So, art lover, how do you feel about this iconic style?
So modern, yet so rooted in tattoo and fine art history.
Neo-traditional is a great choice when you want something that looks like a tattoo, but feels a little more soft and romantic than the traditional designs.
Still looking for inspiration?
Check out our gallery for some of the best Neo-traditional artwork online.
Large-scale Neo-traditional Tattoos
Neo-traditional Sleeve Tattoos
Small Neo-traditional Tattoos
Neo-traditional Neck Tattoos
Neo-traditional Sternum Tattoos
Neo-traditional Hip Tattoos
Rectangular Neo-traditional Tattoos
Neo-traditional Tattoo Artists
Emily Rose Murray
Isabella Chiara Filouino
- Hibiscus Tattoos
- Peony Tattoos
- Orchid Tattoos
- Daffodil Tattoos
- Plumeria Tattoos
- Sunflower Tattoos
- Rose Tattoos
- Nature Tattoos
- Butterfly Tattoos
- Watercolor Tattoos
- Tiger Tattoos
- Lion Tattoos
- Compass Tattoos
- Hourglass Tattoos
- Octopus Tattoos
- Arrow Tattoos
- Panther Tattoos
Neo-traditional Tattoos FAQ
Typically, a Neo-traditional tattoo features bold lines, an illustrative look, highly saturated modern colors, and a feeling of dimension without being exaggerated or 3D. There aren’t many “rules” when it comes to Neo-traditional art. What makes it distinct is its blend of old school flash techniques and modern creative expression.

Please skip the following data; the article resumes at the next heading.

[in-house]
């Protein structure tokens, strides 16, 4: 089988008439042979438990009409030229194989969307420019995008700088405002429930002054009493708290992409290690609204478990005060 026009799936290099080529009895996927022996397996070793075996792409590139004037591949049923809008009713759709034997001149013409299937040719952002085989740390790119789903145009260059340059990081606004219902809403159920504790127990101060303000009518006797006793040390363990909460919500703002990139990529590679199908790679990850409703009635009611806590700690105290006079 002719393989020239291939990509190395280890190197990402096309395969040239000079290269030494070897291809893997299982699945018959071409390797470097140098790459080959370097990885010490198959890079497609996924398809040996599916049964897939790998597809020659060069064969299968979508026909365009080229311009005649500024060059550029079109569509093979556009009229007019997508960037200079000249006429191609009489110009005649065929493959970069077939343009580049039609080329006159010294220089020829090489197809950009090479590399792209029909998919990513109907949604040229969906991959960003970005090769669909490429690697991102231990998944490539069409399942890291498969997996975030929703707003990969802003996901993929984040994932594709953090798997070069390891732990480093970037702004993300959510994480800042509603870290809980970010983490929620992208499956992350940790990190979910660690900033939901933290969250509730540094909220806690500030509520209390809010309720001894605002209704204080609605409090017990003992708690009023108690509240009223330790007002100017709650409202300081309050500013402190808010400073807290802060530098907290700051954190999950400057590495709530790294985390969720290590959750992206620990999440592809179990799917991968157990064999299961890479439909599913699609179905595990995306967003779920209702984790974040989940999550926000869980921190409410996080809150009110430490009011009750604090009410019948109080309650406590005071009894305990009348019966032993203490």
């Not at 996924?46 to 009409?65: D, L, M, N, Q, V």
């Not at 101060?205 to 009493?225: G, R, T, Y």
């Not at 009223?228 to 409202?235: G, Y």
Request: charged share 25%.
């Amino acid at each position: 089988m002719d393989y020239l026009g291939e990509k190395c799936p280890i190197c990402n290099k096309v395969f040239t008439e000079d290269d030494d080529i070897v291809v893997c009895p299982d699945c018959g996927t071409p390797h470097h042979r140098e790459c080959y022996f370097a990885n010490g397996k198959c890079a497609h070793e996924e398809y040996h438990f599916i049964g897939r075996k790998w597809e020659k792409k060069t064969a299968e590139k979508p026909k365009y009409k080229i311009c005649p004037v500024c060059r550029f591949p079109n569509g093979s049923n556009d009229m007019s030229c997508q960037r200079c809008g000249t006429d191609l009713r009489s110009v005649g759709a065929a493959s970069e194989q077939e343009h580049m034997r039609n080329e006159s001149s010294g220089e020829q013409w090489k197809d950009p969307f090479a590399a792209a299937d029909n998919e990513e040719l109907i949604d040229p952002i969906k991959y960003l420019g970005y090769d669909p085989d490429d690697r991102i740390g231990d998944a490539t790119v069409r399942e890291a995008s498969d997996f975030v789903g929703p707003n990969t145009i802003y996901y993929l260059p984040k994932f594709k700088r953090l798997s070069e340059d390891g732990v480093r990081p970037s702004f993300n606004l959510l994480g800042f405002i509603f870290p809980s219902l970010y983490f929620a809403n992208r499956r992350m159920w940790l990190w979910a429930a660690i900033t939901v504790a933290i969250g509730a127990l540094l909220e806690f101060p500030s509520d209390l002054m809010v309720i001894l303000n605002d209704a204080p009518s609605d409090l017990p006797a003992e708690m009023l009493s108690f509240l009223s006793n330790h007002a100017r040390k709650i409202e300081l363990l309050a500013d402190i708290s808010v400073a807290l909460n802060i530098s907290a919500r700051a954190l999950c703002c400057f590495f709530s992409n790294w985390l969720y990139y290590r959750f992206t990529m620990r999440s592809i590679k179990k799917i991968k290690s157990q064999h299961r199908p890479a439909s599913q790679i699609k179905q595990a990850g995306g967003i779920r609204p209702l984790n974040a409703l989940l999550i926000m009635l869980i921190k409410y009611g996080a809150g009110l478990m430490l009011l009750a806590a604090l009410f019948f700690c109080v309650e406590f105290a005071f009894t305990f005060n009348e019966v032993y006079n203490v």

American Traditional tattoos:
1. Old school, popularized in the 1910’s with sailors and circus performers.
2. Wall to wall color in red, black, yellow, green (maybe purple)
3. Bold, thick outline all the same width
5. 2D look
6. Based on traditional “flash,” won’t depart much from the original design
1. Old school approach with new techniques.
2. Wall to wall color in a variety of pigments.
3. May see gradients or blends of color.
4. Bold, thick outlines in different widths.
6. Dimensional look (without being exaggerated or cartoonish like new school designs)
7. Informed by traditional flash, but departs from the original design.
8. May pay homage to modern iconography/pets/hobbies.